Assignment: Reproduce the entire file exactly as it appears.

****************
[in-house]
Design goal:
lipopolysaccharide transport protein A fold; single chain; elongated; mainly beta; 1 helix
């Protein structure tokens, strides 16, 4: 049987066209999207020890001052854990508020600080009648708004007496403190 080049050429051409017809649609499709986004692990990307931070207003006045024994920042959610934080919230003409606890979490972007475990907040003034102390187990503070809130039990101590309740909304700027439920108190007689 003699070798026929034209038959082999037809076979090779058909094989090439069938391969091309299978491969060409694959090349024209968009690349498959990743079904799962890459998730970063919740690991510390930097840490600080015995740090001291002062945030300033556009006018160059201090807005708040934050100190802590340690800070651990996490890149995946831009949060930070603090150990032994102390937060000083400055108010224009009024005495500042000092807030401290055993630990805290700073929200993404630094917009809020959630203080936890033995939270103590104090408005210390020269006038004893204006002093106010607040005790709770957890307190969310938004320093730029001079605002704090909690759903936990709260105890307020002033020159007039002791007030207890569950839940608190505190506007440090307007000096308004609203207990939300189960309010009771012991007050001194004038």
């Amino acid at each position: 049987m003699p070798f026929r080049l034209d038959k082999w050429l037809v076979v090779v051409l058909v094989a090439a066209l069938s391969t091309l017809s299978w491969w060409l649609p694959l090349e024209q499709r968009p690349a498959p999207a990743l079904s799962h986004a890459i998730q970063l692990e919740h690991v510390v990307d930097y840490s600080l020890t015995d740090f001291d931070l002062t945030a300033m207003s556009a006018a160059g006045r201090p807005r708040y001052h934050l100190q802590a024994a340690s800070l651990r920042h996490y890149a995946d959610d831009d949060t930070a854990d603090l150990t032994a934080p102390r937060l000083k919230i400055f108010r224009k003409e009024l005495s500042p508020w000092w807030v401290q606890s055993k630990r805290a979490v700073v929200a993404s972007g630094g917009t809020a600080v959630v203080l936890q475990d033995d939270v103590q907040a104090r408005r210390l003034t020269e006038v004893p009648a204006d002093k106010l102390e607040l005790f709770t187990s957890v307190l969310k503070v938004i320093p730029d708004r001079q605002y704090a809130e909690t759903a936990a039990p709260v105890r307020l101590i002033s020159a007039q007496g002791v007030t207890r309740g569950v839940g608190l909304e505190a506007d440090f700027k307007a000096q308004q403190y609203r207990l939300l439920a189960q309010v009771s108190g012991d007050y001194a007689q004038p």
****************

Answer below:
[in-house]
Design goal:
lipopolysaccharide transport protein A fold; single chain; elongated; mainly beta; 1 helix
């Protein structure tokens, strides 16, 4: 049987066209999207020890001052854990508020600080009648708004007496403190 080049050429051409017809649609499709986004692990990307931070207003006045024994920042959610934080919230003409606890979490972007475990907040003034102390187990503070809130039990101590309740909304700027439920108190007689 003699070798026929034209038959082999037809076979090779058909094989090439069938391969091309299978491969060409694959090349024209968009690349498959990743079904799962890459998730970063919740690991510390930097840490600080015995740090001291002062945030300033556009006018160059201090807005708040934050100190802590340690800070651990996490890149995946831009949060930070603090150990032994102390937060000083400055108010224009009024005495500042000092807030401290055993630990805290700073929200993404630094917009809020959630203080936890033995939270103590104090408005210390020269006038004893204006002093106010607040005790709770957890307190969310938004320093730029001079605002704090909690759903936990709260105890307020002033020159007039002791007030207890569950839940608190505190506007440090307007000096308004609203207990939300189960309010009771012991007050001194004038």
């Amino acid at each position: 049987m003699p070798f026929r080049l034209d038959k082999w050429l037809v076979v090779v051409l058909v094989a090439a066209l069938s391969t091309l017809s299978w491969w060409l649609p694959l090349e024209q499709r968009p690349a498959p999207a990743l079904s799962h986004a890459i998730q970063l692990e919740h690991v510390v990307d930097y840490s600080l020890t015995d740090f001291d931070l002062t945030a300033m207003s556009a006018a160059g006045r201090p807005r708040y001052h934050l100190q802590a024994a340690s800070l651990r920042h996490y890149a995946d959610d831009d949060t930070a854990d603090l150990t032994a934080p102390r937060l000083k919230i400055f108010r224009k003409e009024l005495s500042p508020w000092w807030v401290q606890s055993k630990r805290a979490v700073v929200a993404s972007g630094g917009t809020a600080v959630v203080l936890q475990d033995d939270v103590q907040a104090r408005r210390l003034t020269e006038v004893p009648a204006d002093k106010l102390e607040l005790f709770t187990s957890v307190l969310k503070v938004i320093p730029d708004r001079q605002y704090a809130e909690t759903a936990a039990p709260v105890r307020l101590i002033s020159a007039q007496g002791v007030t207890r309740g569950v839940g608190l909304e505190a506007d440090f700027k307007a000096q308004q403190y609203r207990l939300l439920a189960q309010v009771s108190g012991d007050y001194a007689q004038p």